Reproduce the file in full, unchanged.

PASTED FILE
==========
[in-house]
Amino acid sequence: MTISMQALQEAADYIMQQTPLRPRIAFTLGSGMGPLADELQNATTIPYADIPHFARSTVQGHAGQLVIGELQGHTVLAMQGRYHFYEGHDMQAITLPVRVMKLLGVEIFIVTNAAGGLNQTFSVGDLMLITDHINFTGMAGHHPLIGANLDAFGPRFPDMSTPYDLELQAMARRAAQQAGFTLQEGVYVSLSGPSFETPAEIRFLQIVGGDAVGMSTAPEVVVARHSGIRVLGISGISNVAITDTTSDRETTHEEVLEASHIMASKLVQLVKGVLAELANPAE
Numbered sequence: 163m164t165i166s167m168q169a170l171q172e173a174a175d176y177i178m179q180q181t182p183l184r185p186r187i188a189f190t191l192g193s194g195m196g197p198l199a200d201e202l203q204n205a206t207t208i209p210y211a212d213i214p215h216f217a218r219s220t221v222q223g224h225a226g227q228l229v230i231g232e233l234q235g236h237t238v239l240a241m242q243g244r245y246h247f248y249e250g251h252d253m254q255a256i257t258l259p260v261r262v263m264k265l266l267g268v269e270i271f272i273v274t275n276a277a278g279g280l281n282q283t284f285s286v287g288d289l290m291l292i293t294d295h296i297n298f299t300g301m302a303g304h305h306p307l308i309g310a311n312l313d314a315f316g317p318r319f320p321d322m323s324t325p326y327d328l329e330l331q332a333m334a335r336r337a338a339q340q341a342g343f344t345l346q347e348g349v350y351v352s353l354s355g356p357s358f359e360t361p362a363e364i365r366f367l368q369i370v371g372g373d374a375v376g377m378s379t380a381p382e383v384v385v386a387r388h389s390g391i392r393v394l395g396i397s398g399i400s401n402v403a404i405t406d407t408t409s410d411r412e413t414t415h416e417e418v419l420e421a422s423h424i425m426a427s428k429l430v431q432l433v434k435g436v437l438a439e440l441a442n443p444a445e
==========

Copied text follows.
[in-house]
Amino acid sequence: MTISMQALQEAADYIMQQTPLRPRIAFTLGSGMGPLADELQNATTIPYADIPHFARSTVQGHAGQLVIGELQGHTVLAMQGRYHFYEGHDMQAITLPVRVMKLLGVEIFIVTNAAGGLNQTFSVGDLMLITDHINFTGMAGHHPLIGANLDAFGPRFPDMSTPYDLELQAMARRAAQQAGFTLQEGVYVSLSGPSFETPAEIRFLQIVGGDAVGMSTAPEVVVARHSGIRVLGISGISNVAITDTTSDRETTHEEVLEASHIMASKLVQLVKGVLAELANPAE
Numbered sequence: 163m164t165i166s167m168q169a170l171q172e173a174a175d176y177i178m179q180q181t182p183l184r185p186r187i188a189f190t191l192g193s194g195m196g197p198l199a200d201e202l203q204n205a206t207t208i209p210y211a212d213i214p215h216f217a218r219s220t221v222q223g224h225a226g227q228l229v230i231g232e233l234q235g236h237t238v239l240a241m242q243g244r245y246h247f248y249e250g251h252d253m254q255a256i257t258l259p260v261r262v263m264k265l266l267g268v269e270i271f272i273v274t275n276a277a278g279g280l281n282q283t284f285s286v287g288d289l290m291l292i293t294d295h296i297n298f299t300g301m302a303g304h305h306p307l308i309g310a311n312l313d314a315f316g317p318r319f320p321d322m323s324t325p326y327d328l329e330l331q332a333m334a335r336r337a338a339q340q341a342g343f344t345l346q347e348g349v350y351v352s353l354s355g356p357s358f359e360t361p362a363e364i365r366f367l368q369i370v371g372g373d374a375v376g377m378s379t380a381p382e383v384v385v386a387r388h389s390g391i392r393v394l395g396i397s398g399i400s401n402v403a404i405t406d407t408t409s410d411r412e413t414t415h416e417e418v419l420e421a422s423h424i425m426a427s428k429l430v431q432l433v434k435g436v437l438a439e440l441a442n443p444a445e